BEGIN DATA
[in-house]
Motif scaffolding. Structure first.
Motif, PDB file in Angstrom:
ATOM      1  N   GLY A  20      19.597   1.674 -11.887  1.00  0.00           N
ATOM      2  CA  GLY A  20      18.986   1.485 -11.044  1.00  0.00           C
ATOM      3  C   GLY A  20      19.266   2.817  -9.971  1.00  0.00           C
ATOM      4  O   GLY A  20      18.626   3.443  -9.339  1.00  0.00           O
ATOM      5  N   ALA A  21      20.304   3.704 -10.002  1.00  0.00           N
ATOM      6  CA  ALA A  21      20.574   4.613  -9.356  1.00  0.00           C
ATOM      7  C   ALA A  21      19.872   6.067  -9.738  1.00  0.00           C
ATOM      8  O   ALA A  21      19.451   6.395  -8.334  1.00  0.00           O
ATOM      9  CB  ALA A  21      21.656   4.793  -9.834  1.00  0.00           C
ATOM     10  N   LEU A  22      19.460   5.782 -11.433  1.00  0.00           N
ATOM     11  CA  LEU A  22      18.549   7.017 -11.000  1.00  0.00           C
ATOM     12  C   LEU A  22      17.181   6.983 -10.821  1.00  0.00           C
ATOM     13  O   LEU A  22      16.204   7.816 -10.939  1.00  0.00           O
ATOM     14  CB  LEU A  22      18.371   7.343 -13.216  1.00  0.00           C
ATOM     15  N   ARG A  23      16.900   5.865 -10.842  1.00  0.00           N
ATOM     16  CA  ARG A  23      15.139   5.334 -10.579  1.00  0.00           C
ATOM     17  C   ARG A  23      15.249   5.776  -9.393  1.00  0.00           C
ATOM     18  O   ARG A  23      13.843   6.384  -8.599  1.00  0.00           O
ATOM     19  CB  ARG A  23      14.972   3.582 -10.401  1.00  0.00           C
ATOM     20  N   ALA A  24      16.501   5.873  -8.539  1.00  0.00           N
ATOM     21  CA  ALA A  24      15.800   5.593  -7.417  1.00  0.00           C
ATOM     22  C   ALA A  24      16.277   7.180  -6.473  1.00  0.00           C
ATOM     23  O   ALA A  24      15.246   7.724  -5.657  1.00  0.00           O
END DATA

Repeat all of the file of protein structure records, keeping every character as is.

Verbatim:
[in-house]
Motif scaffolding. Structure first.
Motif, PDB file in Angstrom:
ATOM      1  N   GLY A  20      19.597   1.674 -11.887  1.00  0.00           N
ATOM      2  CA  GLY A  20      18.986   1.485 -11.044  1.00  0.00           C
ATOM      3  C   GLY A  20      19.266   2.817  -9.971  1.00  0.00           C
ATOM      4  O   GLY A  20      18.626   3.443  -9.339  1.00  0.00           O
ATOM      5  N   ALA A  21      20.304   3.704 -10.002  1.00  0.00           N
ATOM      6  CA  ALA A  21      20.574   4.613  -9.356  1.00  0.00           C
ATOM      7  C   ALA A  21      19.872   6.067  -9.738  1.00  0.00           C
ATOM      8  O   ALA A  21      19.451   6.395  -8.334  1.00  0.00           O
ATOM      9  CB  ALA A  21      21.656   4.793  -9.834  1.00  0.00           C
ATOM     10  N   LEU A  22      19.460   5.782 -11.433  1.00  0.00           N
ATOM     11  CA  LEU A  22      18.549   7.017 -11.000  1.00  0.00           C
ATOM     12  C   LEU A  22      17.181   6.983 -10.821  1.00  0.00           C
ATOM     13  O   LEU A  22      16.204   7.816 -10.939  1.00  0.00           O
ATOM     14  CB  LEU A  22      18.371   7.343 -13.216  1.00  0.00           C
ATOM     15  N   ARG A  23      16.900   5.865 -10.842  1.00  0.00           N
ATOM     16  CA  ARG A  23      15.139   5.334 -10.579  1.00  0.00           C
ATOM     17  C   ARG A  23      15.249   5.776  -9.393  1.00  0.00           C
ATOM     18  O   ARG A  23      13.843   6.384  -8.599  1.00  0.00           O
ATOM     19  CB  ARG A  23      14.972   3.582 -10.401  1.00  0.00           C
ATOM     20  N   ALA A  24      16.501   5.873  -8.539  1.00  0.00           N
ATOM     21  CA  ALA A  24      15.800   5.593  -7.417  1.00  0.00           C
ATOM     22  C   ALA A  24      16.277   7.180  -6.473  1.00  0.00           C
ATOM     23  O   ALA A  24      15.246   7.724  -5.657  1.00  0.00           O